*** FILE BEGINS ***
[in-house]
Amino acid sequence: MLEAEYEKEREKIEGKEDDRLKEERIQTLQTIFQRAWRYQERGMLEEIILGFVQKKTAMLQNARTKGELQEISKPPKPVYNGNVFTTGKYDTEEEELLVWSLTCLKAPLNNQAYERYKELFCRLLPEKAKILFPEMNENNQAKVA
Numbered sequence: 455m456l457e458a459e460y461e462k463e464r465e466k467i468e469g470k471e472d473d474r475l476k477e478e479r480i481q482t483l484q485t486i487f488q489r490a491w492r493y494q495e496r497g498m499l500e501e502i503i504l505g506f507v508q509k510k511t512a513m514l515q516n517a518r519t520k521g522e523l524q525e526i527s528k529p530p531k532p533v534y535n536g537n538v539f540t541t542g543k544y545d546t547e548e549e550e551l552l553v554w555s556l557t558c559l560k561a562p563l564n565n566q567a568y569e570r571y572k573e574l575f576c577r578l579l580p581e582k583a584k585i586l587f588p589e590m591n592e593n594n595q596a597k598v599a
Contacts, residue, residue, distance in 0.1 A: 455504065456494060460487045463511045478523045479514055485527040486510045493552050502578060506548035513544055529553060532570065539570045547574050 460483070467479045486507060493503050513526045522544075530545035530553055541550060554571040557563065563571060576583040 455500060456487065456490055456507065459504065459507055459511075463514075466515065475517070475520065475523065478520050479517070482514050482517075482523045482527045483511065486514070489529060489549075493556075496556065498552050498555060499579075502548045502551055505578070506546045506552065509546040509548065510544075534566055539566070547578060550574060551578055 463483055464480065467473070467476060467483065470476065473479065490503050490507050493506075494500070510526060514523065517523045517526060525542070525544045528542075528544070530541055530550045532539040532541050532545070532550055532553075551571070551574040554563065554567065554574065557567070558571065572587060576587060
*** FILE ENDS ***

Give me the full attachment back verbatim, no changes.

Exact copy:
[in-house]
Amino acid sequence: MLEAEYEKEREKIEGKEDDRLKEERIQTLQTIFQRAWRYQERGMLEEIILGFVQKKTAMLQNARTKGELQEISKPPKPVYNGNVFTTGKYDTEEEELLVWSLTCLKAPLNNQAYERYKELFCRLLPEKAKILFPEMNENNQAKVA
Numbered sequence: 455m456l457e458a459e460y461e462k463e464r465e466k467i468e469g470k471e472d473d474r475l476k477e478e479r480i481q482t483l484q485t486i487f488q489r490a491w492r493y494q495e496r497g498m499l500e501e502i503i504l505g506f507v508q509k510k511t512a513m514l515q516n517a518r519t520k521g522e523l524q525e526i527s528k529p530p531k532p533v534y535n536g537n538v539f540t541t542g543k544y545d546t547e548e549e550e551l552l553v554w555s556l557t558c559l560k561a562p563l564n565n566q567a568y569e570r571y572k573e574l575f576c577r578l579l580p581e582k583a584k585i586l587f588p589e590m591n592e593n594n595q596a597k598v599a
Contacts, residue, residue, distance in 0.1 A: 455504065456494060460487045463511045478523045479514055485527040486510045493552050502578060506548035513544055529553060532570065539570045547574050 460483070467479045486507060493503050513526045522544075530545035530553055541550060554571040557563065563571060576583040 455500060456487065456490055456507065459504065459507055459511075463514075466515065475517070475520065475523065478520050479517070482514050482517075482523045482527045483511065486514070489529060489549075493556075496556065498552050498555060499579075502548045502551055505578070506546045506552065509546040509548065510544075534566055539566070547578060550574060551578055 463483055464480065467473070467476060467483065470476065473479065490503050490507050493506075494500070510526060514523065517523045517526060525542070525544045528542075528544070530541055530550045532539040532541050532545070532550055532553075551571070551574040554563065554567065554574065557567070558571065572587060576587060